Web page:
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Why am I Constantly Running to the Bathroom?

Yet, feel like my bladder is never empty.

We call this overactive bladder. This is, assuming, any medical condition has been ruled out such as a UTI or bladder infection. If you go to a medical doctor for this, they will likely give you a medication. Often that medication will make you constipated. Then you will take more medication for your constipation, and the cycle continues. It continues because the root cause of the problem was never addressed. Medications rarely get to the root cause of the problem, they just help fix the problem in some other way, but often that causes another problem.

The body was made as a whole unit where all the parts work together. When we medicate one thing there is often a consequence in another part of the body.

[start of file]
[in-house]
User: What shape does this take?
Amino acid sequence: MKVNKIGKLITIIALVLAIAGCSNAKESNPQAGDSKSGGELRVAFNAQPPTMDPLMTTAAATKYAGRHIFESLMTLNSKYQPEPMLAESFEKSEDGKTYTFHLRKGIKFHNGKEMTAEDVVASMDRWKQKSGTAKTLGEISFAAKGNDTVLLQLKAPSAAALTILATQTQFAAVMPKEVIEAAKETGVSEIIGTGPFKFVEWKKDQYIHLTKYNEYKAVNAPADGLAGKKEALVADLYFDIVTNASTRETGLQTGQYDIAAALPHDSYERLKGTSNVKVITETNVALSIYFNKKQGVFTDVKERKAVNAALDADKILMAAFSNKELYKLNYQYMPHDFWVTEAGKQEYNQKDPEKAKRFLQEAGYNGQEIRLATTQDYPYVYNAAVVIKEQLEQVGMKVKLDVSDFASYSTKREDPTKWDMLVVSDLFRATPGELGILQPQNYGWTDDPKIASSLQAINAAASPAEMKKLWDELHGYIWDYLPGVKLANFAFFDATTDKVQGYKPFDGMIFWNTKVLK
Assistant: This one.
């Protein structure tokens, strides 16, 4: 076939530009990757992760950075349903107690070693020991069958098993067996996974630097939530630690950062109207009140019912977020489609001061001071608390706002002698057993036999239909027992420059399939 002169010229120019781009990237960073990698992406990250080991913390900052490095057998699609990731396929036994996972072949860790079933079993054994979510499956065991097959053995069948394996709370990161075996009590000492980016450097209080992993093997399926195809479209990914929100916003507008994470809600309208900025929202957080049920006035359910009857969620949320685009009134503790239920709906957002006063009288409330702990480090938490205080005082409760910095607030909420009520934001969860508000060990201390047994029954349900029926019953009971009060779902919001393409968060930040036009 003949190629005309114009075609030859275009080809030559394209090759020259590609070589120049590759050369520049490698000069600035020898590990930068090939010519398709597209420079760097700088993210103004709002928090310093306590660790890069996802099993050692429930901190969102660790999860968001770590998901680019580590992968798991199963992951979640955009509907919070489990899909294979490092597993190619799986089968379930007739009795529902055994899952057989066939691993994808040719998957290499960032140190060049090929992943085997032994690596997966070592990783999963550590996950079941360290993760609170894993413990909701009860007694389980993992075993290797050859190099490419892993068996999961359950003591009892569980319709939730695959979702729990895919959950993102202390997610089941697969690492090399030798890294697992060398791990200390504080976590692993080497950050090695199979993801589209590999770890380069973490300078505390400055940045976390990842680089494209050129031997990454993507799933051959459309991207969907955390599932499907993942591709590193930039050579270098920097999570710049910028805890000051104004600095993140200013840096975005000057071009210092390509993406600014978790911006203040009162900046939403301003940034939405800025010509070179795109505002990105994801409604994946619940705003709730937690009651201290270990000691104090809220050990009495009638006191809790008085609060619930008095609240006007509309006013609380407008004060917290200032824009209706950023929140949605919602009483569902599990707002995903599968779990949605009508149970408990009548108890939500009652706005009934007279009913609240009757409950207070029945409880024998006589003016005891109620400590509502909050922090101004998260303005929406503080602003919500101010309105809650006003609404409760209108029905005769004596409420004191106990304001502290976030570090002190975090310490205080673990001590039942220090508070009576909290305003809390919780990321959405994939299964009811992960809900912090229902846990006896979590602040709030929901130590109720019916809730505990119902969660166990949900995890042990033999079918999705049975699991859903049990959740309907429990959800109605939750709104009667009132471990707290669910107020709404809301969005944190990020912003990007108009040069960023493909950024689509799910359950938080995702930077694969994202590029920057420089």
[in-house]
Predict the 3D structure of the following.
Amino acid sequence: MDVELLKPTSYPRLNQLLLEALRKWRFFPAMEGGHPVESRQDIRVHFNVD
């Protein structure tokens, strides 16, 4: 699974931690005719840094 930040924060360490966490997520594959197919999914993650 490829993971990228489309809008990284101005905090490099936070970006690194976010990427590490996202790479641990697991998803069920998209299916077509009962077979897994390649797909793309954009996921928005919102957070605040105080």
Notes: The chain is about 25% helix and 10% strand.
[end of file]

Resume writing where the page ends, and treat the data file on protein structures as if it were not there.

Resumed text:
Overactive bladder is more often caused by tight pelvic floor muscles than by weak pelvic floor muscles. Kegels usually aren't the answer to the problem. Try them, but if they don't fix the problem then see a pelvic floor therapist who can properly assess your pelvic floor muscles and give you strategies to help.

The bladder is like a water balloon. If the muscles around the bladder are tight they won't let the balloon (bladder) fill up as much as relaxed muscles will, so your bladder will not be able to hold as much urine causing you to have to pee more frequently.

Here's some things to think about that may help:

  1. How often are you going to the bathroom?

  2. Are you going, then feel like you aren't quite empty and have to go again within 10 minutes?

  3. Does this happen often or just when you are about to go out? Or just during exercise?

  4. How much water are you drinking?

  5. How frequently are you drinking water? Are you drinking a lot of water but all at once? Or are you sipping water throughout the day?

  6. What other beverages are you drinking?

  7. What medications are you taking?

These are some things you can start to think about and assess. To help overactive bladder we need to assess the pelvic floor muscles and what and how you are drinking throughout the day. A pelvic floor therapist can help you figure out the cause of your frequent urination.

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